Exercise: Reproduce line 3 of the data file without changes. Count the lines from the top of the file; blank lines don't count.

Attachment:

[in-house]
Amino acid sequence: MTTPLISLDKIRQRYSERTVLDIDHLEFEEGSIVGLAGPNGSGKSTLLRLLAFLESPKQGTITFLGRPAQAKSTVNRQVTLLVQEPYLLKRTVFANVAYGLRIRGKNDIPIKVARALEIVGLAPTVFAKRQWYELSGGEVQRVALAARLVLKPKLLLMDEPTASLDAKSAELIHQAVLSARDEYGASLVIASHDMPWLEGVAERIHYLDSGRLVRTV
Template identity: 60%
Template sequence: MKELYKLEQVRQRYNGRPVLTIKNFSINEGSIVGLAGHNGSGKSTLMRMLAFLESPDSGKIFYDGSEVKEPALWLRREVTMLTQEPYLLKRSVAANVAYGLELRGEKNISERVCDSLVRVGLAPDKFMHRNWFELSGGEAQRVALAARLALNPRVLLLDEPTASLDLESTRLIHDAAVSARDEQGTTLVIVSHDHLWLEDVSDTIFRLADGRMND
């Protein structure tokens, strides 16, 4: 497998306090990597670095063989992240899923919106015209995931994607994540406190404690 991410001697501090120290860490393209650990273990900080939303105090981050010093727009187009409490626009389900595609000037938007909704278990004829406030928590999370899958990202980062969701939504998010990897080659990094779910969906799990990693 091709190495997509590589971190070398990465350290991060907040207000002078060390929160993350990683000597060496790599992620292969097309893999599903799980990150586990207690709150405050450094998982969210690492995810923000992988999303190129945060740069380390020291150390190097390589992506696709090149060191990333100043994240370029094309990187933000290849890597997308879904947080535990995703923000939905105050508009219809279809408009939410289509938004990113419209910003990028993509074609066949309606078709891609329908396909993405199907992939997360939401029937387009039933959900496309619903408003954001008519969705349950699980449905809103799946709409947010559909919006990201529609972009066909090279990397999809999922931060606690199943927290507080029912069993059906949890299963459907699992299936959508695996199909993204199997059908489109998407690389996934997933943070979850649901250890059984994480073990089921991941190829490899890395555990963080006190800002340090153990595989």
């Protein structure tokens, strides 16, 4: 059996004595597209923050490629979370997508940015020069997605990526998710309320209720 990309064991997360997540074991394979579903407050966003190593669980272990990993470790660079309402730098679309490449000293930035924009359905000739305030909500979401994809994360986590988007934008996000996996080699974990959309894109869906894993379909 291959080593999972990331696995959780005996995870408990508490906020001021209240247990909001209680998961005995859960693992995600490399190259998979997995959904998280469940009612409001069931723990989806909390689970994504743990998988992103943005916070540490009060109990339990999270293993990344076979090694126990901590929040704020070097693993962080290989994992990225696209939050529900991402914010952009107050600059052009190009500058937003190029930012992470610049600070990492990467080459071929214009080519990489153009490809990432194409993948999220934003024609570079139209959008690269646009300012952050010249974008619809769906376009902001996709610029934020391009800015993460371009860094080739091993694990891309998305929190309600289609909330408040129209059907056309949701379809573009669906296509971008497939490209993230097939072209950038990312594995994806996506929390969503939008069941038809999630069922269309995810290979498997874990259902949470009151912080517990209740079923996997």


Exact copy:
Template identity: 60%